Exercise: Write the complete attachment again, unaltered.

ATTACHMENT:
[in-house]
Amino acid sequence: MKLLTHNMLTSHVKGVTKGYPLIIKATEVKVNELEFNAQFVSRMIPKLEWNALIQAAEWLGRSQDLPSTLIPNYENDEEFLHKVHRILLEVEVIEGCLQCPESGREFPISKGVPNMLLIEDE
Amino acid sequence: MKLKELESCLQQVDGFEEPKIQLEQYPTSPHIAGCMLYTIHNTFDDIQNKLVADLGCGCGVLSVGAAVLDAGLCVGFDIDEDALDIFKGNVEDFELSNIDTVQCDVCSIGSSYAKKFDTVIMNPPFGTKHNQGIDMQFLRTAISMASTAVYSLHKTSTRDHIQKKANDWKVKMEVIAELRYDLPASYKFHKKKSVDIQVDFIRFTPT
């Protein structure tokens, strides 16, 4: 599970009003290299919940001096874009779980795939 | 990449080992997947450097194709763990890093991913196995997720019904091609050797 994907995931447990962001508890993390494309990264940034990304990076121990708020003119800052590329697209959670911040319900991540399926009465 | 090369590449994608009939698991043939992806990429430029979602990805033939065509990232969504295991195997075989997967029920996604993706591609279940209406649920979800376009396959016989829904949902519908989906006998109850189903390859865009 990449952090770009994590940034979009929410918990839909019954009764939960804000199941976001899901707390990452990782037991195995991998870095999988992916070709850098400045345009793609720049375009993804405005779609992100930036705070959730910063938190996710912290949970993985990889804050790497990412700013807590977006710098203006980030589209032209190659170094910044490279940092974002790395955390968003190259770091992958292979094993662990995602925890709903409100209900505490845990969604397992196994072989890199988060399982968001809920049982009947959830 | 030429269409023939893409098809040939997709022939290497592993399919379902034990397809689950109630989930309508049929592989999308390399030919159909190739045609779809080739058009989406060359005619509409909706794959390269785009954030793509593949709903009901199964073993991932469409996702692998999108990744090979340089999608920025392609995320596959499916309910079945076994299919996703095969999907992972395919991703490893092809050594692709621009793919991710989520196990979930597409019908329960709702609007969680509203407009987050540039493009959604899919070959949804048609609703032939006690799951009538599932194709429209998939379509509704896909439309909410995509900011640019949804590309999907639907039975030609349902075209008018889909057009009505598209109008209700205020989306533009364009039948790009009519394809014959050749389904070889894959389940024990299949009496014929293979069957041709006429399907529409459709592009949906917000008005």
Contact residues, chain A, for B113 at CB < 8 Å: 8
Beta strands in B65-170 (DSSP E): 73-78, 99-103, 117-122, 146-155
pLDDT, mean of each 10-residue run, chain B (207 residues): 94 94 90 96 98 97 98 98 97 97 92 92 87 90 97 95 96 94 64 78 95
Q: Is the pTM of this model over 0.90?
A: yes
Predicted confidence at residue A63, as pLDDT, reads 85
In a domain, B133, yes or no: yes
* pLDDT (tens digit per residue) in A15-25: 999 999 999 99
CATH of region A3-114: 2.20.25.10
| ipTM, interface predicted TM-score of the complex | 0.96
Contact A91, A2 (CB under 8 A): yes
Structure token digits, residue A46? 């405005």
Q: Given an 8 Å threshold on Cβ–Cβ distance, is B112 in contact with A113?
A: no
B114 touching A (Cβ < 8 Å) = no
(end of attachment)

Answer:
[in-house]
Amino acid sequence: MKLLTHNMLTSHVKGVTKGYPLIIKATEVKVNELEFNAQFVSRMIPKLEWNALIQAAEWLGRSQDLPSTLIPNYENDEEFLHKVHRILLEVEVIEGCLQCPESGREFPISKGVPNMLLIEDE
Amino acid sequence: MKLKELESCLQQVDGFEEPKIQLEQYPTSPHIAGCMLYTIHNTFDDIQNKLVADLGCGCGVLSVGAAVLDAGLCVGFDIDEDALDIFKGNVEDFELSNIDTVQCDVCSIGSSYAKKFDTVIMNPPFGTKHNQGIDMQFLRTAISMASTAVYSLHKTSTRDHIQKKANDWKVKMEVIAELRYDLPASYKFHKKKSVDIQVDFIRFTPT
């Protein structure tokens, strides 16, 4: 599970009003290299919940001096874009779980795939 | 990449080992997947450097194709763990890093991913196995997720019904091609050797 994907995931447990962001508890993390494309990264940034990304990076121990708020003119800052590329697209959670911040319900991540399926009465 | 090369590449994608009939698991043939992806990429430029979602990805033939065509990232969504295991195997075989997967029920996604993706591609279940209406649920979800376009396959016989829904949902519908989906006998109850189903390859865009 990449952090770009994590940034979009929410918990839909019954009764939960804000199941976001899901707390990452990782037991195995991998870095999988992916070709850098400045345009793609720049375009993804405005779609992100930036705070959730910063938190996710912290949970993985990889804050790497990412700013807590977006710098203006980030589209032209190659170094910044490279940092974002790395955390968003190259770091992958292979094993662990995602925890709903409100209900505490845990969604397992196994072989890199988060399982968001809920049982009947959830 | 030429269409023939893409098809040939997709022939290497592993399919379902034990397809689950109630989930309508049929592989999308390399030919159909190739045609779809080739058009989406060359005619509409909706794959390269785009954030793509593949709903009901199964073993991932469409996702692998999108990744090979340089999608920025392609995320596959499916309910079945076994299919996703095969999907992972395919991703490893092809050594692709621009793919991710989520196990979930597409019908329960709702609007969680509203407009987050540039493009959604899919070959949804048609609703032939006690799951009538599932194709429209998939379509509704896909439309909410995509900011640019949804590309999907639907039975030609349902075209008018889909057009009505598209109008209700205020989306533009364009039948790009009519394809014959050749389904070889894959389940024990299949009496014929293979069957041709006429399907529409459709592009949906917000008005």
Contact residues, chain A, for B113 at CB < 8 Å: 8
Beta strands in B65-170 (DSSP E): 73-78, 99-103, 117-122, 146-155
pLDDT, mean of each 10-residue run, chain B (207 residues): 94 94 90 96 98 97 98 98 97 97 92 92 87 90 97 95 96 94 64 78 95
Q: Is the pTM of this model over 0.90?
A: yes
Predicted confidence at residue A63, as pLDDT, reads 85
In a domain, B133, yes or no: yes
* pLDDT (tens digit per residue) in A15-25: 999 999 999 99
CATH of region A3-114: 2.20.25.10
| ipTM, interface predicted TM-score of the complex | 0.96
Contact A91, A2 (CB under 8 A): yes
Structure token digits, residue A46? 């405005």
Q: Given an 8 Å threshold on Cβ–Cβ distance, is B112 in contact with A113?
A: no
B114 touching A (Cβ < 8 Å) = no